Since the Supreme Court’s sharply divided and startlingly wrongheaded decision two years ago in Christian Legal Society v. Martinez, those concerned about religious liberty on campus have known that the fallout was on its way. At Vanderbilt University, it has arrived — and it’s as bad as anticipated.

In Martinez, the Court determined that public institutions like the University of California’s Hastings College of the Law could require all student groups — even those based on shared belief, such as religious and political organizations — to admit members and even leaders without regard to their beliefs. Groups like the Christian Legal Society (CLS), whose constitution required students to have traditional Christian beliefs (such as in Christ’s bodily resurrection) and morals (no sexual activity outside heterosexual marriage), could be required to remove those provisions from their constitutions and admit “all comers,” or else face “derecognition” and the corresponding loss of access to meeting space and other benefits that all other groups enjoyed. To lack recognition is basically not to exist at all on today’s college campus.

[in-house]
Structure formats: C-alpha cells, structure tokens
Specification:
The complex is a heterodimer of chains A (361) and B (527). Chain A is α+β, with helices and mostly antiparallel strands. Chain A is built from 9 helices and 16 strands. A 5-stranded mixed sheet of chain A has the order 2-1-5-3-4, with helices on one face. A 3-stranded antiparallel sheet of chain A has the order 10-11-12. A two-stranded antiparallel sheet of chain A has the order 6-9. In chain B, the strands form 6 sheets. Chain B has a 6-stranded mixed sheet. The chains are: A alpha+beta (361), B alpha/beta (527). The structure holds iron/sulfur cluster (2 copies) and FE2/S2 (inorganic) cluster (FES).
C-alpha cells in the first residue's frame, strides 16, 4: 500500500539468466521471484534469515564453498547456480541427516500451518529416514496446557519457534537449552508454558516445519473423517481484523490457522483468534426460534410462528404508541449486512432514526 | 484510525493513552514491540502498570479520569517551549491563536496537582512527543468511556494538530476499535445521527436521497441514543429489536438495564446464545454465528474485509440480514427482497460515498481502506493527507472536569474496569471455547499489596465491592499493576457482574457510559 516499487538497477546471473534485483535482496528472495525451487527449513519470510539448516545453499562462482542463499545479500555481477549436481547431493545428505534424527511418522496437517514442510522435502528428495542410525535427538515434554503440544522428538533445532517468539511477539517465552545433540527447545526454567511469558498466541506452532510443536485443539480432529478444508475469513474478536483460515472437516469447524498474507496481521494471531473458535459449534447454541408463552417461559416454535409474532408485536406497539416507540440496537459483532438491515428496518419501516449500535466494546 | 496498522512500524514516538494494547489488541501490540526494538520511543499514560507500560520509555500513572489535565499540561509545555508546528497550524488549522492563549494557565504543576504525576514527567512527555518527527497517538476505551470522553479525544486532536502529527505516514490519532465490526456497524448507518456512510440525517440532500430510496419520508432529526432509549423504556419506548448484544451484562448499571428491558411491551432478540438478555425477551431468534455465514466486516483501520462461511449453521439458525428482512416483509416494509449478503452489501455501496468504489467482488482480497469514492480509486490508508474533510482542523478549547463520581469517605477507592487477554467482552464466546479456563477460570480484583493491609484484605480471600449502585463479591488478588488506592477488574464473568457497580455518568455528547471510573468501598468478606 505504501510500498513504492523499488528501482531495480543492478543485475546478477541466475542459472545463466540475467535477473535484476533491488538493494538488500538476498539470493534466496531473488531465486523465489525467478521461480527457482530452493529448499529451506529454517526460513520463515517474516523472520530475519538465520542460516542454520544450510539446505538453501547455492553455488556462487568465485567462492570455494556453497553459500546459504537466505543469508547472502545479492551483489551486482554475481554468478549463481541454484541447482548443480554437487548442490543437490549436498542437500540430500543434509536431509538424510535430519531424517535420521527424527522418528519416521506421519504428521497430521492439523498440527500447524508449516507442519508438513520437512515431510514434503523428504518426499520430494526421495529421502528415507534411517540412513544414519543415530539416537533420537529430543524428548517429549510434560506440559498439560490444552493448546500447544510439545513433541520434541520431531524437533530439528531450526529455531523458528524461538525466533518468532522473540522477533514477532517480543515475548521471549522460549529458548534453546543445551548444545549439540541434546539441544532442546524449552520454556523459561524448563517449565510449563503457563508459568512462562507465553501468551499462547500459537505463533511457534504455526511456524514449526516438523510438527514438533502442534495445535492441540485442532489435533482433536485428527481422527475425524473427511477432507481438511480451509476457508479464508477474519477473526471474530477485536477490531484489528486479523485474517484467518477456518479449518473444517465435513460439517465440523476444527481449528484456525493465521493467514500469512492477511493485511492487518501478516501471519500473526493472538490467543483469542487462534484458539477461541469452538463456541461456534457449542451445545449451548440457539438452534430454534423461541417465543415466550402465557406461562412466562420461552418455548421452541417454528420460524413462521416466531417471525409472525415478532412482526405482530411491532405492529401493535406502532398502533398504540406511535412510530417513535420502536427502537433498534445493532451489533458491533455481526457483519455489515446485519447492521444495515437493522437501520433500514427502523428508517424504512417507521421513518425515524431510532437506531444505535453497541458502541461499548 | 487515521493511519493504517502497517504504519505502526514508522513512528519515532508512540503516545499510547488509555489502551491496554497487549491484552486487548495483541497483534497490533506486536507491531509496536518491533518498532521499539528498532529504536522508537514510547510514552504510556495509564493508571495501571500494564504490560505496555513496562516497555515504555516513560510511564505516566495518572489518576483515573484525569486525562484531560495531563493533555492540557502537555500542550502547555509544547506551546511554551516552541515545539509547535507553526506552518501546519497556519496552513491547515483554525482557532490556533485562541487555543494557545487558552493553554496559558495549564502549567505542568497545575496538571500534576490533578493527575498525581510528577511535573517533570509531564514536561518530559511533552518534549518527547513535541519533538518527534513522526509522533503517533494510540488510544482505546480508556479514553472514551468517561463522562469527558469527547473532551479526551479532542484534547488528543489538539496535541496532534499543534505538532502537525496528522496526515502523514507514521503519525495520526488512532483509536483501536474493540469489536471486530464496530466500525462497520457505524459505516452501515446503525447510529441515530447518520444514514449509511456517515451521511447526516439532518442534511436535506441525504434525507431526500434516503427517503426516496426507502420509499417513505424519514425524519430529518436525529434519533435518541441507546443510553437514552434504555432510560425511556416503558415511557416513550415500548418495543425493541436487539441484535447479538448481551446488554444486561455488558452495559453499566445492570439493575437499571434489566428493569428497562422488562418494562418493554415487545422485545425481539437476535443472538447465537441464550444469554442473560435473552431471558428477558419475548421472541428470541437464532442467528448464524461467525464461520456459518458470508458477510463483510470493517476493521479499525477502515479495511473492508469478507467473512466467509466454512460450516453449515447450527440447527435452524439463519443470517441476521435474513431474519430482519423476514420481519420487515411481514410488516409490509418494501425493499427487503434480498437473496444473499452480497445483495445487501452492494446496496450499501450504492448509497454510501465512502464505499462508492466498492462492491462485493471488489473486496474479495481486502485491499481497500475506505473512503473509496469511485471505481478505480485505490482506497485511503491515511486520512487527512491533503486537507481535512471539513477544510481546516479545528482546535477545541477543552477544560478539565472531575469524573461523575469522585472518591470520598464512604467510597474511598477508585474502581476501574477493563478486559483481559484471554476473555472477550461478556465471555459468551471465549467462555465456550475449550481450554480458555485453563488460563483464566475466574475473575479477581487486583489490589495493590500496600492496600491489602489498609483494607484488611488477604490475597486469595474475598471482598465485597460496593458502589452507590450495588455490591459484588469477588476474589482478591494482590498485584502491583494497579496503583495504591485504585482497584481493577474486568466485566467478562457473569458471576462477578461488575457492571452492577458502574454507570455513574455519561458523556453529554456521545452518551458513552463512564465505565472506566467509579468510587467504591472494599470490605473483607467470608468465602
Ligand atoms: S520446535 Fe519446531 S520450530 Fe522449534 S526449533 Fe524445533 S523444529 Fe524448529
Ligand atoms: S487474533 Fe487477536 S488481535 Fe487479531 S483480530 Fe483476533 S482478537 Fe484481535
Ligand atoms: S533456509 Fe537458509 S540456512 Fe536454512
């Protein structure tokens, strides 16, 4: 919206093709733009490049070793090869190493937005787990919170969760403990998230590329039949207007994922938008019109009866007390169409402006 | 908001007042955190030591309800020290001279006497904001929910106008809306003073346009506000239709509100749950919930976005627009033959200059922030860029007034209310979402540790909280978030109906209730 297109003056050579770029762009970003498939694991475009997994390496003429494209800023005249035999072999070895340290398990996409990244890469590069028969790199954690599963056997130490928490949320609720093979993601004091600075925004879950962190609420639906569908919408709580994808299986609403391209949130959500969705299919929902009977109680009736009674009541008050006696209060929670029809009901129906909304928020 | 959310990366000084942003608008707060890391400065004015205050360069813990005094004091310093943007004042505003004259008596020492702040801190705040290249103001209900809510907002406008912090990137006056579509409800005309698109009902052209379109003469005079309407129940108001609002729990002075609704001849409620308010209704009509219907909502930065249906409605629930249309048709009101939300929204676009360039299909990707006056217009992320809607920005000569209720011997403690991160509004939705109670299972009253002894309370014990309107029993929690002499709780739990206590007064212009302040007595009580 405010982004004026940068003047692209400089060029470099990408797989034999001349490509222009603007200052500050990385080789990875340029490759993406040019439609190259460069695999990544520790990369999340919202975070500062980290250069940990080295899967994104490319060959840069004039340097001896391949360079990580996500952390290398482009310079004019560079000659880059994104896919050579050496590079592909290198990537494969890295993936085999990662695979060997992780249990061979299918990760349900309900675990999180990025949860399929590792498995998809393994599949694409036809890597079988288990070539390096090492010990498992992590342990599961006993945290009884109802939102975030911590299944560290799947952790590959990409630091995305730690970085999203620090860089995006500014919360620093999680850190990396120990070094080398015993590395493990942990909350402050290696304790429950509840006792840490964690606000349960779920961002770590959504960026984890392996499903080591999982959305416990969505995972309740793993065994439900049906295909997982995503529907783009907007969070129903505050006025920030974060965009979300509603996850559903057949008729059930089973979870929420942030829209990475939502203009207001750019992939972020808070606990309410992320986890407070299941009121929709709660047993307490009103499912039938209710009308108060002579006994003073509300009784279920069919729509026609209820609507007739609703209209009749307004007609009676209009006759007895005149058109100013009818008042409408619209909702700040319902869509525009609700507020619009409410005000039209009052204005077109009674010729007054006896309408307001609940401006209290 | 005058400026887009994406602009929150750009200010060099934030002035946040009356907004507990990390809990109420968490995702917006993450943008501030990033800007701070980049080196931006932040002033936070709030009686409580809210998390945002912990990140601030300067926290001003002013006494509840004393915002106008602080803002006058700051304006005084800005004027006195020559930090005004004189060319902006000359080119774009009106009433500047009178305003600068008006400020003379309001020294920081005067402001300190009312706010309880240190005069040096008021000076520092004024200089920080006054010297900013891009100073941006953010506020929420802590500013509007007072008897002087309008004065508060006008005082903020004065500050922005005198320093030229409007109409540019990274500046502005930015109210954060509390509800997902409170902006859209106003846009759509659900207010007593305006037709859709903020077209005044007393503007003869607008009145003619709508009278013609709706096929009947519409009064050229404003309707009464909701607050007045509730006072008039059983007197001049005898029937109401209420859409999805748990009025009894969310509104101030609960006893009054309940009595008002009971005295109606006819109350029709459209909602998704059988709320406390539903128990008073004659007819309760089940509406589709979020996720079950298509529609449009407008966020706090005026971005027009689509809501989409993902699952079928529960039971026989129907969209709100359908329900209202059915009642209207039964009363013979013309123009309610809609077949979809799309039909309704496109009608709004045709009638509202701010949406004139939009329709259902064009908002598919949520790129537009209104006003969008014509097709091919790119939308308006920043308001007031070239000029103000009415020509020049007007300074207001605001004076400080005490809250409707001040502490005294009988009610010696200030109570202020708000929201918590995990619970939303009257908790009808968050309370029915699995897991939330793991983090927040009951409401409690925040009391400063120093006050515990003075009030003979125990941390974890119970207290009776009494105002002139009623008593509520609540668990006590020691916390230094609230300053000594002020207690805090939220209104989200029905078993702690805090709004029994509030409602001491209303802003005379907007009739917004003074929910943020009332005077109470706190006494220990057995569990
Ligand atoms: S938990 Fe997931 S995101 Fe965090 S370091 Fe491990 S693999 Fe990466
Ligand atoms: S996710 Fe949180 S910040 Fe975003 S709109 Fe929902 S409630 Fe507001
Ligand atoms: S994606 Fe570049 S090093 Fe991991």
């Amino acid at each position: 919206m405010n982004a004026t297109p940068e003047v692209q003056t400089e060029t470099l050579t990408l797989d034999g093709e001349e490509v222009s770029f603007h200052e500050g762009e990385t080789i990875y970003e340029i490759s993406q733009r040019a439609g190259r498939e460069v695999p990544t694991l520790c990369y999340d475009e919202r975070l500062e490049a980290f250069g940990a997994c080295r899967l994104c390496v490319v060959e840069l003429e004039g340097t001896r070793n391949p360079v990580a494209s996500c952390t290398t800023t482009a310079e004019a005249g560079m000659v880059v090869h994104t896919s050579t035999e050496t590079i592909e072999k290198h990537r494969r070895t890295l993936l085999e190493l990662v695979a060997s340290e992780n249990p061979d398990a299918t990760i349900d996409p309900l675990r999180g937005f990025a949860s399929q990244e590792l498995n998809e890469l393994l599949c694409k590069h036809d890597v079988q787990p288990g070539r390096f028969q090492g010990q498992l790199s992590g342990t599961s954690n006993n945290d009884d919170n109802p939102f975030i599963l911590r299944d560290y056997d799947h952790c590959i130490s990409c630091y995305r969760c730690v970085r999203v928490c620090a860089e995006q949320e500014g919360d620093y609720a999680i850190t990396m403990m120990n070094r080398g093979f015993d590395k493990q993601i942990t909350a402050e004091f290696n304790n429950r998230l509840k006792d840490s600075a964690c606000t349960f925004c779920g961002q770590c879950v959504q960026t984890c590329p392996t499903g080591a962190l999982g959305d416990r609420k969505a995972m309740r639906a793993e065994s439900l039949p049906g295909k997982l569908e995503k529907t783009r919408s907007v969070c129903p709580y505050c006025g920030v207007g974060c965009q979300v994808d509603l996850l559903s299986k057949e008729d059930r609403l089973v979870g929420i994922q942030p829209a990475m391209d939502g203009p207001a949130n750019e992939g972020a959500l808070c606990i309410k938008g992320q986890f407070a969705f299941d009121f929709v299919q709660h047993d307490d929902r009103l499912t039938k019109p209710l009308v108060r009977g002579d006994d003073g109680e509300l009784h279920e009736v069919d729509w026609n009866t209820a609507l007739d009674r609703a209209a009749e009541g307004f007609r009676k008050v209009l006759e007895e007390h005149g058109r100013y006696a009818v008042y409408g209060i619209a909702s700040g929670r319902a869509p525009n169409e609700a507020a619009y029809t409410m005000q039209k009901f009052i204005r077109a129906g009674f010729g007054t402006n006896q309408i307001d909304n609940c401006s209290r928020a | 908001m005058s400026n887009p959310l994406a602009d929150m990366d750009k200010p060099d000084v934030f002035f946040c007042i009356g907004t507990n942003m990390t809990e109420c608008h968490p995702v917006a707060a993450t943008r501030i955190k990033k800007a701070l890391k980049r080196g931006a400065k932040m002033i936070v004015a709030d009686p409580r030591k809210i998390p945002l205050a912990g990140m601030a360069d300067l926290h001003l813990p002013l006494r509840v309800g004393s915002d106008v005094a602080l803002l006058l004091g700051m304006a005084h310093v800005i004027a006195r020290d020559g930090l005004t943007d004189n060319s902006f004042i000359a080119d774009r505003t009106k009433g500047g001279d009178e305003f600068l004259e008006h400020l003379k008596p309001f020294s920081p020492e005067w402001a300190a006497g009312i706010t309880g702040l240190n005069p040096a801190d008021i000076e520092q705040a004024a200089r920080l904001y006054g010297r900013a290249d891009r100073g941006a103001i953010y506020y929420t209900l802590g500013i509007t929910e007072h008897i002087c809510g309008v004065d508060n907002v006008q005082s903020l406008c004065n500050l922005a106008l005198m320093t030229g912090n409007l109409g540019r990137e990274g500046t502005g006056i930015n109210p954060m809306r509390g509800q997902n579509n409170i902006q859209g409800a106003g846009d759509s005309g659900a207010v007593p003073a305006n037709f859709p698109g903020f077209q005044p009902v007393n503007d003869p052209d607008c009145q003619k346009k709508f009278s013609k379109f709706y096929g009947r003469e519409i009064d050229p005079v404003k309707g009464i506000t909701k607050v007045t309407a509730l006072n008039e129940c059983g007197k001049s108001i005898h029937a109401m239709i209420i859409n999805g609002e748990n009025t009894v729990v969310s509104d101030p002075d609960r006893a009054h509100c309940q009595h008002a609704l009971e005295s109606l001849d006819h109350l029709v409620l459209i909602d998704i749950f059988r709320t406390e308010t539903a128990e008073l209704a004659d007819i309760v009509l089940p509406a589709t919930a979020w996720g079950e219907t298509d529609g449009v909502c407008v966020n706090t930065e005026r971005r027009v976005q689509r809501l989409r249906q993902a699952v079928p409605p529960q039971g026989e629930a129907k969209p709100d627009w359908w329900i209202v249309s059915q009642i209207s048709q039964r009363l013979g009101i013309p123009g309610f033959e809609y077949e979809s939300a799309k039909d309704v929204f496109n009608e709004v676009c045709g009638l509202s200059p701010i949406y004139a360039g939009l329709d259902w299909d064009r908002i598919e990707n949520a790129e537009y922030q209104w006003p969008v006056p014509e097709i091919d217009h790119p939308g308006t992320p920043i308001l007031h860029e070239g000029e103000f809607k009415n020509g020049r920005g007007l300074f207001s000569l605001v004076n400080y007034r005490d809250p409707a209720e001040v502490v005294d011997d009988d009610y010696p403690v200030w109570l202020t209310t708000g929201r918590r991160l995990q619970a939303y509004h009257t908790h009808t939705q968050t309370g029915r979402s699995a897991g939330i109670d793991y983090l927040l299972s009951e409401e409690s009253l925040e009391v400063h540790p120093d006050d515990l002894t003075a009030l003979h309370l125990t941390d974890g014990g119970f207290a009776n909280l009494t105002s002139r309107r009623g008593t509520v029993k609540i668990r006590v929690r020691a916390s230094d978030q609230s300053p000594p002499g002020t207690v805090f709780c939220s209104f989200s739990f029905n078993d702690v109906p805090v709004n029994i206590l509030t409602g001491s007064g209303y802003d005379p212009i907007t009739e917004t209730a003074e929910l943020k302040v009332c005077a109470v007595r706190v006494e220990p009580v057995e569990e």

Justice Alito, writing for the minority in the 5–4 decision, warned that the decision would be used as a “weapon” against groups with viewpoints that are unpopular among the vast majority of college administrators, since the immediate negative impact of the decision would fall mostly upon the religiously and politically conservative groups those administrators already disfavor. Other critics such as the Foundation for Individual Rights in Education (FIRE, where I work) warned that an all-comers policy would sweep within its ambit political groups as well, and invite takeovers and spying by members of opposing groups who wished to cause mischief or even destroy their rivals. At minimum, such a policy guarantees that a group will have no mechanism to maintain a consistent message.

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